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Playing with audio.
Sounding out technology.
Composing in code.

Batman’s Listening Cave?

Holy new-media installation, Batman — is Christopher Nolan, director of the recent film The Dark Knight, a fan of artists Mark Hansen and Ben Rubin?

Without going into too much detail about The Dark Knight, there’s a sequence toward the climax (well, the most lengthy of its several climaxes — this is a summer blockbuster) that features a room-spanning grid of small screens that will be familiar to anyone who has ever experienced Hansen and Rubin’s work titled “Listening Post” (I’ve mentioned it on several occasions here at disquiet.com).

The following description of “Listening Post” will certainly sound familiar to anyone who’s seen The Dark Knight. The Hansen/Rubin work is a matrix of small rectangular screens, connected to each other by a two-dimensional matrix of small wires to form a wall, or skrim, of choreographed data. That data is all pulled from the Internet and filtered through various algorithms, such as searching for four-letter words or for phrases that begin with the words “I am” or “I love.” Here’s a picture, courtesy of Rubin’s Earstudio (earstudio.com):

In The Dark Knight, Batman employs a similar if hyper-realized version, several times the size of the Hansen/Rubin contraption and tapped into a narrower but more data-intensive realm of realtime information. (I’d say more, but might spoil the movie, and Dark Knight is really worth seeing, even if its truest act of super-heroism is to threaten Titanic‘s record for highest-grossing motion picture.)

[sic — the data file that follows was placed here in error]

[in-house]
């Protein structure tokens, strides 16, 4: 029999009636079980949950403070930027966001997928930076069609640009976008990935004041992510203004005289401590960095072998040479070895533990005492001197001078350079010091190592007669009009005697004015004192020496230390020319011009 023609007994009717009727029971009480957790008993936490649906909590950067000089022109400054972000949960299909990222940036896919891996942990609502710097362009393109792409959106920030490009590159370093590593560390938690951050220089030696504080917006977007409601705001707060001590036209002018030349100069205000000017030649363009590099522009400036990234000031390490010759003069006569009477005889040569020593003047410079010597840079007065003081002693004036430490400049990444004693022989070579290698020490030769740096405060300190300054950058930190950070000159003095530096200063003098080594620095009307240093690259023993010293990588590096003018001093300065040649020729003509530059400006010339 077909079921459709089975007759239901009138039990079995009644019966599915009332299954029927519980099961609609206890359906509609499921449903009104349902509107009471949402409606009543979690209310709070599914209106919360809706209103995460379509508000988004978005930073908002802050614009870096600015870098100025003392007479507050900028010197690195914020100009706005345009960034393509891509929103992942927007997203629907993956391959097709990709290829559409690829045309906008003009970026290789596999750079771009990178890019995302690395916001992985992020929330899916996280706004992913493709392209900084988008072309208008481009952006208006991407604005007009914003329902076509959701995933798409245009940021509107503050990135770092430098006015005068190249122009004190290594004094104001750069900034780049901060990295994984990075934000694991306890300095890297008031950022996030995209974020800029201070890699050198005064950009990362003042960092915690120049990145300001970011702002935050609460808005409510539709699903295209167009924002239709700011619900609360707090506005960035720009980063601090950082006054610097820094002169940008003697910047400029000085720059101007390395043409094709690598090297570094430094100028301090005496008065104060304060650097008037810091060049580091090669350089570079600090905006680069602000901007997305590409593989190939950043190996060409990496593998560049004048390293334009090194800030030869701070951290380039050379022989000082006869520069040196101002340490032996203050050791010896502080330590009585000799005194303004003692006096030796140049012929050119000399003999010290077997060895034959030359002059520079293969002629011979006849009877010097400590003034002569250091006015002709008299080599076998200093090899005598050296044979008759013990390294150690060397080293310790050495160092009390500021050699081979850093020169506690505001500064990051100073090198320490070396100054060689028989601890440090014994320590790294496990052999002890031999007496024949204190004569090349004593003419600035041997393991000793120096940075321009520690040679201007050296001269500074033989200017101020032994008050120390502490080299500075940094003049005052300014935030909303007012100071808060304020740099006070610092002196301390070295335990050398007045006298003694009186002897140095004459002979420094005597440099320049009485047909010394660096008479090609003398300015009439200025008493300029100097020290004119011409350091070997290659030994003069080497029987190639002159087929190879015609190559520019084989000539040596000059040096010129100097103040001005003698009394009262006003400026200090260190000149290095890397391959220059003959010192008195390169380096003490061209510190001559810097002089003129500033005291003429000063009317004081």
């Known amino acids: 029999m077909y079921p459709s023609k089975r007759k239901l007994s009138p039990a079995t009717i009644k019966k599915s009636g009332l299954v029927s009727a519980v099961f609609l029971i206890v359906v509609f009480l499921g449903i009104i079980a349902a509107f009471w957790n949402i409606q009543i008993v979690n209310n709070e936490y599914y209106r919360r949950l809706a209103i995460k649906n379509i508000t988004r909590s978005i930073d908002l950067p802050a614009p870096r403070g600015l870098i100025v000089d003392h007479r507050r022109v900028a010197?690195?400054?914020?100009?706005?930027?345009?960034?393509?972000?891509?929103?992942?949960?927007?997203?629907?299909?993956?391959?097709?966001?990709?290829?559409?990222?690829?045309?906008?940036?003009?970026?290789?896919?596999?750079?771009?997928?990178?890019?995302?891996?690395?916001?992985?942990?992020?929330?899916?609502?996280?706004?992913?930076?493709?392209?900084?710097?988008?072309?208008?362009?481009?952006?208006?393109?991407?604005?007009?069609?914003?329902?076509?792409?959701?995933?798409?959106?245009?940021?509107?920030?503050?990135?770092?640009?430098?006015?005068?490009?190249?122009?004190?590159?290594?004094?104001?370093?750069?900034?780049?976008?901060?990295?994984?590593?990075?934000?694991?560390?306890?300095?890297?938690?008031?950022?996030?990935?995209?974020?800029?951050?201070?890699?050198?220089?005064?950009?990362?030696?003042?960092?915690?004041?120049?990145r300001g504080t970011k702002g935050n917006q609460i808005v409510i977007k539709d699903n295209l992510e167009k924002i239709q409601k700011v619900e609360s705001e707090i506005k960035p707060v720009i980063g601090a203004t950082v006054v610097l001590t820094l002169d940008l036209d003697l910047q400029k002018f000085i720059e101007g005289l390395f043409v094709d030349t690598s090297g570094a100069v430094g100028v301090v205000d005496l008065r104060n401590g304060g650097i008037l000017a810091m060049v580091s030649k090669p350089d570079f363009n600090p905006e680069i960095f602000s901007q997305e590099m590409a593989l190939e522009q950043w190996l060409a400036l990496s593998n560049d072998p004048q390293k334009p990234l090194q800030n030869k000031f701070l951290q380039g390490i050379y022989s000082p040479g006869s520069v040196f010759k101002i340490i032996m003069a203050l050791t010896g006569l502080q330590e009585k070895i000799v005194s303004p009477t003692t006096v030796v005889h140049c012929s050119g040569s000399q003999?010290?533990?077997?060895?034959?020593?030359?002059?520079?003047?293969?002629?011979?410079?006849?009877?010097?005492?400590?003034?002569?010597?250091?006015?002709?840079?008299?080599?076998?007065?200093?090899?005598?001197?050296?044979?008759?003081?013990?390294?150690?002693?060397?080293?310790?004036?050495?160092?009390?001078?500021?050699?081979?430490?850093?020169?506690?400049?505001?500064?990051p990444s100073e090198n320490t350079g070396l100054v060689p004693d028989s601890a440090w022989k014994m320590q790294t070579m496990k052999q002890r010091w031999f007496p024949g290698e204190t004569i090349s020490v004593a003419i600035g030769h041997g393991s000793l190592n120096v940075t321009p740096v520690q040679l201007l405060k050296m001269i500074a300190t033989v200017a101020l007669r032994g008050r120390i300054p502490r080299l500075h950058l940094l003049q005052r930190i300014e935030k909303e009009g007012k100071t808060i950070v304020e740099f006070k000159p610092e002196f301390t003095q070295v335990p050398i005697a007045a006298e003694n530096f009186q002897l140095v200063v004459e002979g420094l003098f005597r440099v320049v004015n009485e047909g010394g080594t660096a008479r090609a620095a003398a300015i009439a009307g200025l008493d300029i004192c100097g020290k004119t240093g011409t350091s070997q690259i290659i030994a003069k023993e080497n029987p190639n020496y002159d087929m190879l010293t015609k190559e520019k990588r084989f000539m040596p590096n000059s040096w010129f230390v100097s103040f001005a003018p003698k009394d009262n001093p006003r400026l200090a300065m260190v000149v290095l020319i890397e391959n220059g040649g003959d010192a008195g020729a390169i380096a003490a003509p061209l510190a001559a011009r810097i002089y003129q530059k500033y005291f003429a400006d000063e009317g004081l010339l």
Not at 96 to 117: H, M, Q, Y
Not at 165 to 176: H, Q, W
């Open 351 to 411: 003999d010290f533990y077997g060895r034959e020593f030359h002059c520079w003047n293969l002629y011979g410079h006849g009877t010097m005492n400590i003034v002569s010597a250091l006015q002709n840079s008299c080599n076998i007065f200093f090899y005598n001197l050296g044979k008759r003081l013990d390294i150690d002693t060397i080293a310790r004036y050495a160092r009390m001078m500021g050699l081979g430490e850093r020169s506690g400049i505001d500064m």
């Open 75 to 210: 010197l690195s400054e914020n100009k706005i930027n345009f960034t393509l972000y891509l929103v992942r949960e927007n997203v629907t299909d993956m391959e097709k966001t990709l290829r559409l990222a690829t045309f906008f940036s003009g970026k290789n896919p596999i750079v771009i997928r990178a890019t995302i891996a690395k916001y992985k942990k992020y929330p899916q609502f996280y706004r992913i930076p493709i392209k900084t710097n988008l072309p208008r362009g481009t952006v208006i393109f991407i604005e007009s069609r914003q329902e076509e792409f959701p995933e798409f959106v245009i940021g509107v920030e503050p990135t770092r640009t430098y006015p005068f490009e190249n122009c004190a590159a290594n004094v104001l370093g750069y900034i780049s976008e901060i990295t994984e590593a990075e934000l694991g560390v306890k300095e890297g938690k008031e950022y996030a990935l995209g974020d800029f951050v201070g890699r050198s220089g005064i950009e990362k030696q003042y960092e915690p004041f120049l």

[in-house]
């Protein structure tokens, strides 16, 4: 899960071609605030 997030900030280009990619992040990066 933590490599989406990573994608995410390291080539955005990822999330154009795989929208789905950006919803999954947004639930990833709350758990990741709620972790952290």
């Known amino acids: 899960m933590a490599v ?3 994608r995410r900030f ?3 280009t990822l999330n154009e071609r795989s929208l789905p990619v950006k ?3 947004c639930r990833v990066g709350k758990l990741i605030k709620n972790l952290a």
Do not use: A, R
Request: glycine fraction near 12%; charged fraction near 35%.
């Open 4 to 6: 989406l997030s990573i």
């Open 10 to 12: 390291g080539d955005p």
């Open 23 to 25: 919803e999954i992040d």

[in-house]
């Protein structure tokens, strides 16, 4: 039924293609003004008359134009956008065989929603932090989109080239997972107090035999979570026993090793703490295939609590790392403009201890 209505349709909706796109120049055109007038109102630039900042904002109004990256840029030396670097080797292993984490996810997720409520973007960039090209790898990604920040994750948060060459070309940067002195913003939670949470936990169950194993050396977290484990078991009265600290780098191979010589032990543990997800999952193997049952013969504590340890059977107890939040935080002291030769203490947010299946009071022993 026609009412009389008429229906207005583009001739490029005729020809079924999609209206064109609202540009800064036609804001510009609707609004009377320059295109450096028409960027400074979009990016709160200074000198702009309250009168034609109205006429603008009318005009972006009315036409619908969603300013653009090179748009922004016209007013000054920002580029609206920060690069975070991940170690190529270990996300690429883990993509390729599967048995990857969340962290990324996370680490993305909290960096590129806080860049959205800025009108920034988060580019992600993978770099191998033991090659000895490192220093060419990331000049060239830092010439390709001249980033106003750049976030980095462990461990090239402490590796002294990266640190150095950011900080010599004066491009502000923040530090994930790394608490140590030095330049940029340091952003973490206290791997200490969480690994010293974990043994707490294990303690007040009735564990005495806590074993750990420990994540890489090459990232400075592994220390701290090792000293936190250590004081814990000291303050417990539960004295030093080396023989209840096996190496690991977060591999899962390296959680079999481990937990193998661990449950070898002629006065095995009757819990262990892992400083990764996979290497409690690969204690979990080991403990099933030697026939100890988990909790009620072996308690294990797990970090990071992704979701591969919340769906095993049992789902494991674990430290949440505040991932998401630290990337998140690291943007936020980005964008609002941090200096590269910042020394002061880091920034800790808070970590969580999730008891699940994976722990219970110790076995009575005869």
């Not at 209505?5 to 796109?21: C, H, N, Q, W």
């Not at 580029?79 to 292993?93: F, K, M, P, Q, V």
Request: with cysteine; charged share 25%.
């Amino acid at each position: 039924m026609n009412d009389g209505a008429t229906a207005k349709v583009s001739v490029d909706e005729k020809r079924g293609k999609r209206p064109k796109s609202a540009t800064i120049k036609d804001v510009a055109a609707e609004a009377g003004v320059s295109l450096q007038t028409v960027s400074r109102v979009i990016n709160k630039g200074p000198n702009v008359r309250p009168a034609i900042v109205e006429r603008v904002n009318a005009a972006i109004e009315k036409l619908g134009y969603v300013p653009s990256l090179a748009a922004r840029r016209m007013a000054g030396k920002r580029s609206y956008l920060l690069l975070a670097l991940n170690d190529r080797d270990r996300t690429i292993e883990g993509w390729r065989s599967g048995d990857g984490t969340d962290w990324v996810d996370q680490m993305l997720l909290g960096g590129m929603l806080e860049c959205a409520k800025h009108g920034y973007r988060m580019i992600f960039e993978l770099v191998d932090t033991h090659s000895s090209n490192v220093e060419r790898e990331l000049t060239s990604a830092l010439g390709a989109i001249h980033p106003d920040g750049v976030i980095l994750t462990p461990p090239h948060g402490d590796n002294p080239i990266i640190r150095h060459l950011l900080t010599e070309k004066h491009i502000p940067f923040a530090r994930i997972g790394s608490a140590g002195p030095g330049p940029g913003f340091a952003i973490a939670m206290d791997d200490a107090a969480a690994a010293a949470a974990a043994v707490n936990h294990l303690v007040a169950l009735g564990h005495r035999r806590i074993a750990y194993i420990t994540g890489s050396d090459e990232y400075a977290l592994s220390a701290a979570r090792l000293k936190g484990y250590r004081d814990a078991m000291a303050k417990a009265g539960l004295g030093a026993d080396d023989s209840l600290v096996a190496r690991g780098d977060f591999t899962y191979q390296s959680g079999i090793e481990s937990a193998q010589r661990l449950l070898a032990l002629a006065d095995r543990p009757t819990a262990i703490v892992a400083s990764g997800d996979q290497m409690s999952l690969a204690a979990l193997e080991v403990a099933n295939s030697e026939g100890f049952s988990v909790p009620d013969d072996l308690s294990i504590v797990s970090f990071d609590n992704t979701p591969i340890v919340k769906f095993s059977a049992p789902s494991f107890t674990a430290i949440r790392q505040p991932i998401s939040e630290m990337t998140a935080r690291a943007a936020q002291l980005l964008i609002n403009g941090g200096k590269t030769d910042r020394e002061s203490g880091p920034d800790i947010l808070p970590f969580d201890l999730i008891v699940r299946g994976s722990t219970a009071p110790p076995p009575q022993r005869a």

It’s especially surprising that Manhola Dargis of the New York Times didn’t mention this information-overload similarity in her movie review, since Rubin and Hansen devised a “Listening Post”-like installation, titled “Moveable Type,” for the lobby of the newspaper’s building in midtown Manhattan (more at disquiet.com). Also, just a handful of days before Dark Knight debuted, the Times ran a story by Mia Fineman about awkward resemblances between advertising and contemporary art, including an Apple ad that looks a lot like a Christian Marclay piece (nytimes.com). Director Nolan is certainly not shy about homage; he’s told entertainment reporters that the opening sequence to The Dark Knight is a conscious nod to Michael Mann‘s Heat.

As for the Dark Knight/”Listening Post” comparison, I’m not the first to ask: mikearauz.com, joshspear.com, flickr.com/photos/fenchurch, subjunctive.net.

By Marc Weidenbaum

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